The publishing giant that owns Esquire and Cosmopolitan magazines has agreed to pay €661m (£566m) for a series of titles from French conglomerate Lagardère, which will bring Elle into its stable.
Hearst Corporation, which traces its roots back 120 years, announced the binding offer for Lagardère's international press and magazine businesses yesterday.
The deal, which follows a month of exclusive talks, will bring Hearst 102 titles across 15 countries including the UK and the US. It is expected to close by the autumn following regulatory approvals.
The deal will hand it the rights to publish Elle in those 15 countries, which also include Italy, Russia, Mexico and China. Lagardère will retain French Elle, and will continue to collect royalties from the international counterparts, estimated at about €8m a year. In the UK, the publisher will also take control of the fashion, health and beauty magazine Red as well as Inside Soap and Psychologies.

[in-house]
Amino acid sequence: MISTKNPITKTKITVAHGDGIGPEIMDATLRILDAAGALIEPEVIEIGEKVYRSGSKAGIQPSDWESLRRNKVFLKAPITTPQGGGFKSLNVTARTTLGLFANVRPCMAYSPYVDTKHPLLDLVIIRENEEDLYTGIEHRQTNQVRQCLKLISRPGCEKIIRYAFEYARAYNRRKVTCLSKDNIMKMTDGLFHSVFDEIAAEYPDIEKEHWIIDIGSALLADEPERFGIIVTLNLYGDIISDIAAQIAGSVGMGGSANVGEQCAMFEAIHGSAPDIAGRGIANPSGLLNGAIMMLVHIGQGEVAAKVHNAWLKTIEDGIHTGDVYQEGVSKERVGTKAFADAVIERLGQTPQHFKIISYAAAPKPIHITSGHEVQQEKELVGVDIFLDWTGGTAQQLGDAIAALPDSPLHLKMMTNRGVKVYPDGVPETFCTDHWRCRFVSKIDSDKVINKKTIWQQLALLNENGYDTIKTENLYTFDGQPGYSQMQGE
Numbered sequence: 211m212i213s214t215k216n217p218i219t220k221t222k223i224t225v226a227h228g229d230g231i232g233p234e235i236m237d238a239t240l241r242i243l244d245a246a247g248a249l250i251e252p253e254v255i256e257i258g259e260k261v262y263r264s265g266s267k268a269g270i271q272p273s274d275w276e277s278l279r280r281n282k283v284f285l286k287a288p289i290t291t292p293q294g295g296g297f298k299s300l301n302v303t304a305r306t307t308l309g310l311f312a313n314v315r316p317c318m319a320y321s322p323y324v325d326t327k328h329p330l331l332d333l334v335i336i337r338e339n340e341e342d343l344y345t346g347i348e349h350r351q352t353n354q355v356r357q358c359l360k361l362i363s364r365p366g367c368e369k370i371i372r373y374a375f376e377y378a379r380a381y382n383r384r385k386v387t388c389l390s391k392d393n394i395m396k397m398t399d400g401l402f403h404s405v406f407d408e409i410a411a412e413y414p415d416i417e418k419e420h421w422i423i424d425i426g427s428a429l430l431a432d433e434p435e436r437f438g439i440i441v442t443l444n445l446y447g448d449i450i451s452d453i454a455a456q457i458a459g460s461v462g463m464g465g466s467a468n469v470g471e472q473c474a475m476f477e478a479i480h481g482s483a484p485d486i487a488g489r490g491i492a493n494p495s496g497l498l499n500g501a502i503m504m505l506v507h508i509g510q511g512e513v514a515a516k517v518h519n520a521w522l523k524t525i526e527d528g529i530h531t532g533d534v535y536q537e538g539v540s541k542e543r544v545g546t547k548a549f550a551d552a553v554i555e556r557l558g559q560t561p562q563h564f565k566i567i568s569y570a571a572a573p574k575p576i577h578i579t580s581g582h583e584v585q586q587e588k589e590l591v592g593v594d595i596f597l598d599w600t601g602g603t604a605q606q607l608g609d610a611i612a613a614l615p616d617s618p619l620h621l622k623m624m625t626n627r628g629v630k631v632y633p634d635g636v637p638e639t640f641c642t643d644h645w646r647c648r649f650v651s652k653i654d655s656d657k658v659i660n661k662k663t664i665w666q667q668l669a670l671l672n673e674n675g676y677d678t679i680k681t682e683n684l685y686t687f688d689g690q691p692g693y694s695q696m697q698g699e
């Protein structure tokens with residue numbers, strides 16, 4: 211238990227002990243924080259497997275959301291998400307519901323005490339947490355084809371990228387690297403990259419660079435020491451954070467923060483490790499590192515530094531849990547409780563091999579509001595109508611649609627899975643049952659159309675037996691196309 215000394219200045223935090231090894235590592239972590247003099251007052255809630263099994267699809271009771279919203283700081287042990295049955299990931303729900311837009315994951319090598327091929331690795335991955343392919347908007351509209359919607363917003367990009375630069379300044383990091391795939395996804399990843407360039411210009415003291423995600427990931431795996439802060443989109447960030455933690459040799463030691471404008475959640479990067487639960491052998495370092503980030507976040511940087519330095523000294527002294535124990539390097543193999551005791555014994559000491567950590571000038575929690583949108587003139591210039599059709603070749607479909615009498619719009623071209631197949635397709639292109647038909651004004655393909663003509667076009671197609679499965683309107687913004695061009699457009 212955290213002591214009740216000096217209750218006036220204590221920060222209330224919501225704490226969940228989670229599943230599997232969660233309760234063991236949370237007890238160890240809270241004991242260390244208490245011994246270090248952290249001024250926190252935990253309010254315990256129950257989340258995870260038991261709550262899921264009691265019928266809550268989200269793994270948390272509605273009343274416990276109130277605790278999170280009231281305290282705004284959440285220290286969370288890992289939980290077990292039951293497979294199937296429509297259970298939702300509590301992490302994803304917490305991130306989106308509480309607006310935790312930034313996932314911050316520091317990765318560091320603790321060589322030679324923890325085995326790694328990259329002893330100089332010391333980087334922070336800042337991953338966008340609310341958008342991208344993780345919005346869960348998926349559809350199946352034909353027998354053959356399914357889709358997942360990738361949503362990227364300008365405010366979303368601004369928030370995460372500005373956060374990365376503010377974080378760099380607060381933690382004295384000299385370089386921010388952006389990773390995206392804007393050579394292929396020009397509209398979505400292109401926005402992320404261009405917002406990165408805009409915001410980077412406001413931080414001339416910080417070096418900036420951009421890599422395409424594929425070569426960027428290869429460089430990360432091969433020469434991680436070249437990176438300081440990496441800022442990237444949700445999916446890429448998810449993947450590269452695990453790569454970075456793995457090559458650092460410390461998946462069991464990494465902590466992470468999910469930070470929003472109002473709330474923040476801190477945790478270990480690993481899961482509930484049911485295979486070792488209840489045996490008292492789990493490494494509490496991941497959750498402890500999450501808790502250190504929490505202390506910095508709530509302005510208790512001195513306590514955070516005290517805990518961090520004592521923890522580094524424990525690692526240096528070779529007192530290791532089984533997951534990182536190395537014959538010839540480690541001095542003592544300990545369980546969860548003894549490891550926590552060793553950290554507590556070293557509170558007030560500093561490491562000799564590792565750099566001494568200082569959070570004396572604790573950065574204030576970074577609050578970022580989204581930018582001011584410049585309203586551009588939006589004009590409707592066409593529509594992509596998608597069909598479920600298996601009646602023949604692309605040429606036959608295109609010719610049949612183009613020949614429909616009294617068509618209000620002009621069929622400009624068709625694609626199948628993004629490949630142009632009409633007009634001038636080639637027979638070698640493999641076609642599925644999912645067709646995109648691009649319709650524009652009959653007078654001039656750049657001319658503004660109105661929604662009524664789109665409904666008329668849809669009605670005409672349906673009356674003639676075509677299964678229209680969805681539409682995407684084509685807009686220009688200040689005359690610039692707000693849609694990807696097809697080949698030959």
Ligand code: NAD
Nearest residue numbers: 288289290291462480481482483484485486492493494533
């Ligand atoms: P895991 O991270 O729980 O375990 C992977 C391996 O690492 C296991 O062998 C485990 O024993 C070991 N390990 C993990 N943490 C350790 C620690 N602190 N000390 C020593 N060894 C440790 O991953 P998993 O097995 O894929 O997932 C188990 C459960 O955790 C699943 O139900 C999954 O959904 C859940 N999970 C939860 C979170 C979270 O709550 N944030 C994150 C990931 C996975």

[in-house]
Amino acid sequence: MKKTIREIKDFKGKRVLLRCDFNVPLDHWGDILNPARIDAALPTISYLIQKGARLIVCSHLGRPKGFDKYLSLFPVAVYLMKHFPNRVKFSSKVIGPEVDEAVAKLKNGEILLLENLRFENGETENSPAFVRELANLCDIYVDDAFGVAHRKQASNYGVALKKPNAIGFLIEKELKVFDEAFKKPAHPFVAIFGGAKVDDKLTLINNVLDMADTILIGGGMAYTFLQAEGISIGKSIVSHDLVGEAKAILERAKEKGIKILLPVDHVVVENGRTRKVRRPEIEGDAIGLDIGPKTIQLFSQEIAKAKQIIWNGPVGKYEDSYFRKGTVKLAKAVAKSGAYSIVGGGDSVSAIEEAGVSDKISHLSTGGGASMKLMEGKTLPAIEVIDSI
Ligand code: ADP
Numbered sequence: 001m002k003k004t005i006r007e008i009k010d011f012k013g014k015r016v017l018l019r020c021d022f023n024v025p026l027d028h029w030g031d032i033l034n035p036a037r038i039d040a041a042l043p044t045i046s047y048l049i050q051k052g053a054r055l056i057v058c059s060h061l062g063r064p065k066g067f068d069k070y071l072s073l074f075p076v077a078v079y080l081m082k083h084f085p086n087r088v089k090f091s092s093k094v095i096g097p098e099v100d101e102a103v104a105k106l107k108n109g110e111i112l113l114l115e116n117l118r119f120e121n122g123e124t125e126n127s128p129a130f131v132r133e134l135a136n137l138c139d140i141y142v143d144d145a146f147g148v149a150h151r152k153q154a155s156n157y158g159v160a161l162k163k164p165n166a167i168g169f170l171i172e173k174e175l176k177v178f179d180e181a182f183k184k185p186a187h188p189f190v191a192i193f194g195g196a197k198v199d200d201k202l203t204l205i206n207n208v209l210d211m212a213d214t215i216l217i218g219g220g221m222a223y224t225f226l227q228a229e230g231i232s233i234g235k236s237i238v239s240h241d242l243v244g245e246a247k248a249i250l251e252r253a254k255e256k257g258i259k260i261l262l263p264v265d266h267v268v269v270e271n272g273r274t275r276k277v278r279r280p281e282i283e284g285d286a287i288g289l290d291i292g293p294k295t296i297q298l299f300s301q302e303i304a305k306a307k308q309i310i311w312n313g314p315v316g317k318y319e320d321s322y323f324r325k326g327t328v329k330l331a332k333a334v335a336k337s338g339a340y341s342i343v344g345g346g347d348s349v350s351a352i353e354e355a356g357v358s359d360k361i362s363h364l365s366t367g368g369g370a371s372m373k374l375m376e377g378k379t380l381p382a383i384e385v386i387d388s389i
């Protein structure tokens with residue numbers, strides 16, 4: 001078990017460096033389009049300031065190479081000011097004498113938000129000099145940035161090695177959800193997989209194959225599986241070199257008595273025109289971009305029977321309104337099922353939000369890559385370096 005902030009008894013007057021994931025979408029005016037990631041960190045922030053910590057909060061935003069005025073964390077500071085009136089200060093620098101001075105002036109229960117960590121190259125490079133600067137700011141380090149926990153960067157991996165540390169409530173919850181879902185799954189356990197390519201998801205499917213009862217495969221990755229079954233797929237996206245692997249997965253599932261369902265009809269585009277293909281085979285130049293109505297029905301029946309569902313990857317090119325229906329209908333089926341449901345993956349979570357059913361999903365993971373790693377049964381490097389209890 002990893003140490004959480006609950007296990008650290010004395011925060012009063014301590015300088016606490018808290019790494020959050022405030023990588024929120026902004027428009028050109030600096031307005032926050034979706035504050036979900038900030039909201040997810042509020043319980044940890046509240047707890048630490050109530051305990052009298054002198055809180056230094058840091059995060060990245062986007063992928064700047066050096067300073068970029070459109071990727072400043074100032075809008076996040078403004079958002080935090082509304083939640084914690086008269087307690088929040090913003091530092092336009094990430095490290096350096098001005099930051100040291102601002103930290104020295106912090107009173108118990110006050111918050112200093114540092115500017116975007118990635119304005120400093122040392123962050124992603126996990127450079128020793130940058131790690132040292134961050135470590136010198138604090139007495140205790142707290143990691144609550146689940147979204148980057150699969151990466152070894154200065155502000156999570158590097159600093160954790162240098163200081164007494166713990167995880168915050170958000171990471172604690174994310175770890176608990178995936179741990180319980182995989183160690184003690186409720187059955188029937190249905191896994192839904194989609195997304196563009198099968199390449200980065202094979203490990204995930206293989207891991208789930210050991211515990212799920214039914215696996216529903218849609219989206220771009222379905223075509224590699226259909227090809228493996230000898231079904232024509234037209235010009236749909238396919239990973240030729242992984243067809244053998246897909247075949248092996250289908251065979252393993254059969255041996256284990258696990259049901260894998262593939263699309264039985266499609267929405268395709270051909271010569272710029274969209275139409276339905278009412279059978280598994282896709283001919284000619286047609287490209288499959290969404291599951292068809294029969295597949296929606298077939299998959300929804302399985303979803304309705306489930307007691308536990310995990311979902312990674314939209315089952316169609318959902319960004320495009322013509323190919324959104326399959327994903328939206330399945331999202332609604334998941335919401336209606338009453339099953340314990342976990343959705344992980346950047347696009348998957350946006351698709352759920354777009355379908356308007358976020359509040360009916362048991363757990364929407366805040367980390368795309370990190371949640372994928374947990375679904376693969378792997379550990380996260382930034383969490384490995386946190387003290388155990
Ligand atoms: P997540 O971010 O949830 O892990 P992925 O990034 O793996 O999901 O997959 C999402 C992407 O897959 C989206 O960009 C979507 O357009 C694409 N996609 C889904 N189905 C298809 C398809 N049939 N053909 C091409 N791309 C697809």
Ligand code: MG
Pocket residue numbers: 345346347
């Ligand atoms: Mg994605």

The sale comes after Lagardère, whose publications include Paris Match, moved to tighten its focus. Its chief executive, Arnaud Lagardère, said the downturn in advertising had put pressure on a business that was struggling to compete, especially in the US. The company is increasingly looking to focus on sports marketing.
The magazines that form part of the deal brought in revenues of €774m last year, with profits of €37.7m. The deal will make Hearst the second largest publisher in the US in terms of circulation.
The genesis of the publisher can be traced to 1887 when William Randolph Hearst bought the San Francisco Examiner. By 1930 he had built the largest newspaper chain in the nation. He was also the basis of Orson Welles's newspaper baron in Citizen Kane.Reuse content